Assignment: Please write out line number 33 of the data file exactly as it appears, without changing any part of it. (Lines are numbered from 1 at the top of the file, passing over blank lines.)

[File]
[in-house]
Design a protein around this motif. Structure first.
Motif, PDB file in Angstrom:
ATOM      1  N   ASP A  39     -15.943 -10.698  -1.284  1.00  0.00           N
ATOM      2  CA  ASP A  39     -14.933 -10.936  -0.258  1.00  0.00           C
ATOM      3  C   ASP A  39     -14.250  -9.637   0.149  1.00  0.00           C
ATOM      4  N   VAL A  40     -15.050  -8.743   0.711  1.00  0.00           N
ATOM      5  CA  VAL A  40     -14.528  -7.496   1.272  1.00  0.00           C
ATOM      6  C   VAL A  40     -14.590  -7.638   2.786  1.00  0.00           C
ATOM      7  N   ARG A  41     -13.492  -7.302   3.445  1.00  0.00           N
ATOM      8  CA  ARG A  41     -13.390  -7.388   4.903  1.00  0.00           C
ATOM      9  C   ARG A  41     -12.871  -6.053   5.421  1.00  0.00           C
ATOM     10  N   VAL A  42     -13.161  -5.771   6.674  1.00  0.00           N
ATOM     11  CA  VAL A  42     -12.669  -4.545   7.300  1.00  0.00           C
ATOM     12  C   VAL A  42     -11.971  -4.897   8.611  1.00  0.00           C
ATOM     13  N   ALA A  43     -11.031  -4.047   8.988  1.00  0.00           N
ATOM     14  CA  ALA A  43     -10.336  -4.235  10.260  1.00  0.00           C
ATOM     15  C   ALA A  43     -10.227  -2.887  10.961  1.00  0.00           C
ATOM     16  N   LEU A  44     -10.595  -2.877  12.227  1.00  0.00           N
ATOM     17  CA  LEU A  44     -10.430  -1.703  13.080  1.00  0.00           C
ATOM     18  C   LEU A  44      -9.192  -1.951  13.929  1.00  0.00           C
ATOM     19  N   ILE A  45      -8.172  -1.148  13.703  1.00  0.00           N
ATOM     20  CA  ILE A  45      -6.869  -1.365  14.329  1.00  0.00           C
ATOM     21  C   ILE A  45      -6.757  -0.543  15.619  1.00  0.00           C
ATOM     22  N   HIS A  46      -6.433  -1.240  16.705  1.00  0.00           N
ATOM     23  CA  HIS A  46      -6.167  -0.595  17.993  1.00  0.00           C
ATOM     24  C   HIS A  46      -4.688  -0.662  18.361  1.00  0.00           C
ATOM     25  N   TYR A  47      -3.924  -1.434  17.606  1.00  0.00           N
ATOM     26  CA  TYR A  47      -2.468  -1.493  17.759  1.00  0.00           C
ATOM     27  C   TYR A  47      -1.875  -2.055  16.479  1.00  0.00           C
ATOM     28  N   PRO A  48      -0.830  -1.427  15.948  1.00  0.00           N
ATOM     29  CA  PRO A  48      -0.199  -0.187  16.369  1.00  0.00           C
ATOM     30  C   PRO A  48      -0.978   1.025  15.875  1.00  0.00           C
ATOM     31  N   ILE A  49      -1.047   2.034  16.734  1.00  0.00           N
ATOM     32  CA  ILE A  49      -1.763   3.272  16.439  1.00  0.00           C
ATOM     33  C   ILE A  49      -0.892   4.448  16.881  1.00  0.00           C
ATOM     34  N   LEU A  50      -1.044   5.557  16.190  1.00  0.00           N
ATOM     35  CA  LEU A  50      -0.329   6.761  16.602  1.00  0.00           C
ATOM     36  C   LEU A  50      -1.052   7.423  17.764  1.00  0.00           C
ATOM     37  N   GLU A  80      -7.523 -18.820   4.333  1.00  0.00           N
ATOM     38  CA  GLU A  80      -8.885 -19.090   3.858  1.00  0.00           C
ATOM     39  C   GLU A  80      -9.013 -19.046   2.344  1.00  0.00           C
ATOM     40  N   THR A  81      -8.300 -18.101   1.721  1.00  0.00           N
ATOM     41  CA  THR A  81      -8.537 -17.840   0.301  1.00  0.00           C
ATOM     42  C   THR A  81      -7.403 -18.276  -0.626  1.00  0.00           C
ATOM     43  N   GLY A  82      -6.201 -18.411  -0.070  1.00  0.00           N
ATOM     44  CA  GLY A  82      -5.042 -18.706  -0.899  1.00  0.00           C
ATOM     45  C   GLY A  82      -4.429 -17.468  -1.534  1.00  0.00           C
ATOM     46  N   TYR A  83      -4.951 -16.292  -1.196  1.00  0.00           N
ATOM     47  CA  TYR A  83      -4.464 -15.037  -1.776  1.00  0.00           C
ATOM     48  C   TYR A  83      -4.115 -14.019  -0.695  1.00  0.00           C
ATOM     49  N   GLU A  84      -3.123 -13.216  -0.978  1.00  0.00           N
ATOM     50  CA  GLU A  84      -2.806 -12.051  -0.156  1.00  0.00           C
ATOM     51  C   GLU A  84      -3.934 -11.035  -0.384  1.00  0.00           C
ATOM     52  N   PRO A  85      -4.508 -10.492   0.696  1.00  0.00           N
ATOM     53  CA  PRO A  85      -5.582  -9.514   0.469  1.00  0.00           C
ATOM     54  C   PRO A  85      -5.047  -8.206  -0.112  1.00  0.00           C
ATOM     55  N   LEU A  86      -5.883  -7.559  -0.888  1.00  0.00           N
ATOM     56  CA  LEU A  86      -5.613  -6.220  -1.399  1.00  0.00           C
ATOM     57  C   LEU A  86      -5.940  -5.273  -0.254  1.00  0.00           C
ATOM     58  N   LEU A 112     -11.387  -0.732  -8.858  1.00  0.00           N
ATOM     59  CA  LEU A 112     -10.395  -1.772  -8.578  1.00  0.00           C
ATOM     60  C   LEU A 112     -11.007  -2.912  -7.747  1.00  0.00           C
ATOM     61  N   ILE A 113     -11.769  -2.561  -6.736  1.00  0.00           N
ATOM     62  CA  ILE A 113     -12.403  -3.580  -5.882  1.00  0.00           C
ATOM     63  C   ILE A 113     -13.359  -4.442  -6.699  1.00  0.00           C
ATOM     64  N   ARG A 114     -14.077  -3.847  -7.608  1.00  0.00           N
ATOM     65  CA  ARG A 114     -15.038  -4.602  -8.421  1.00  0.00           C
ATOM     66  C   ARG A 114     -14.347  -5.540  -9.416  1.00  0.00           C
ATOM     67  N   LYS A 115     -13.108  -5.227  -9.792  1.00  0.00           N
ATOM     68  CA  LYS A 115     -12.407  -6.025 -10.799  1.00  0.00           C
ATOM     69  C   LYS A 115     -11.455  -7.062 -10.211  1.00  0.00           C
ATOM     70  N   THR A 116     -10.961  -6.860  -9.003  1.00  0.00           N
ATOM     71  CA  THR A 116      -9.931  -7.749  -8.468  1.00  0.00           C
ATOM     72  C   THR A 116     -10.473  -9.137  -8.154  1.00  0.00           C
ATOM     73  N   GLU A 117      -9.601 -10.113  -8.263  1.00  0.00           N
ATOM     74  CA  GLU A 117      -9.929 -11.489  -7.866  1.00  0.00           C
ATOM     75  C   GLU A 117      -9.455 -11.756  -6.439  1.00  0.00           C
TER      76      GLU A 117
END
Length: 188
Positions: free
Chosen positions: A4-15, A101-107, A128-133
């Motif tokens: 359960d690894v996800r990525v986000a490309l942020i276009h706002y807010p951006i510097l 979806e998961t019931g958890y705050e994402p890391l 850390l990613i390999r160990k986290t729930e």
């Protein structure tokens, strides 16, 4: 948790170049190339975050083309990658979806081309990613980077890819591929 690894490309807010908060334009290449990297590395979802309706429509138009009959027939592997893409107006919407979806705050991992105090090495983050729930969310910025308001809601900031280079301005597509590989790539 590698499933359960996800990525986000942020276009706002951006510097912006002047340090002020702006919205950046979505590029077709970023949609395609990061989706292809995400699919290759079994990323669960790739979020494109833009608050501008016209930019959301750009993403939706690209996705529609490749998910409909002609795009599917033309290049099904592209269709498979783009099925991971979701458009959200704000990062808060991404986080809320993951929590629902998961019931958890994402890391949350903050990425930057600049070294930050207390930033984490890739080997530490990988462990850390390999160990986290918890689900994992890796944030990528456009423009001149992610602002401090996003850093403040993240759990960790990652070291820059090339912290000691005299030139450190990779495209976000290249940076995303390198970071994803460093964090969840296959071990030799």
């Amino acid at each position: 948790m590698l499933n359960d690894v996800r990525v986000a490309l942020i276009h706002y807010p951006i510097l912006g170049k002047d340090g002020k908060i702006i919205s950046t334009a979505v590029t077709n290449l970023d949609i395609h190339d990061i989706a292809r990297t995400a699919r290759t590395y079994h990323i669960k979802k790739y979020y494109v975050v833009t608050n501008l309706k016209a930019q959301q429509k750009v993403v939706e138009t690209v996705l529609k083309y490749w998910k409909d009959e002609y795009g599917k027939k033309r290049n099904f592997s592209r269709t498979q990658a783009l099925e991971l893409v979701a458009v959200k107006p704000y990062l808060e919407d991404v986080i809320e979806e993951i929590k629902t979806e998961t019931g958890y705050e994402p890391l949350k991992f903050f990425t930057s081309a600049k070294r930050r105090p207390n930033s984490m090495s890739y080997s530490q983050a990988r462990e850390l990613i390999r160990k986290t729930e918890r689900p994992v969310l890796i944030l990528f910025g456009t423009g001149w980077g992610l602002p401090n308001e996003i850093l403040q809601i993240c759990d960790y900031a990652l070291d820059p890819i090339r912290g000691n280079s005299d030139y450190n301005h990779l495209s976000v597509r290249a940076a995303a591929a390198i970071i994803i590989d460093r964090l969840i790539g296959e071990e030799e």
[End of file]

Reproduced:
ATOM     30  C   PRO A  48      -0.978   1.025  15.875  1.00  0.00           C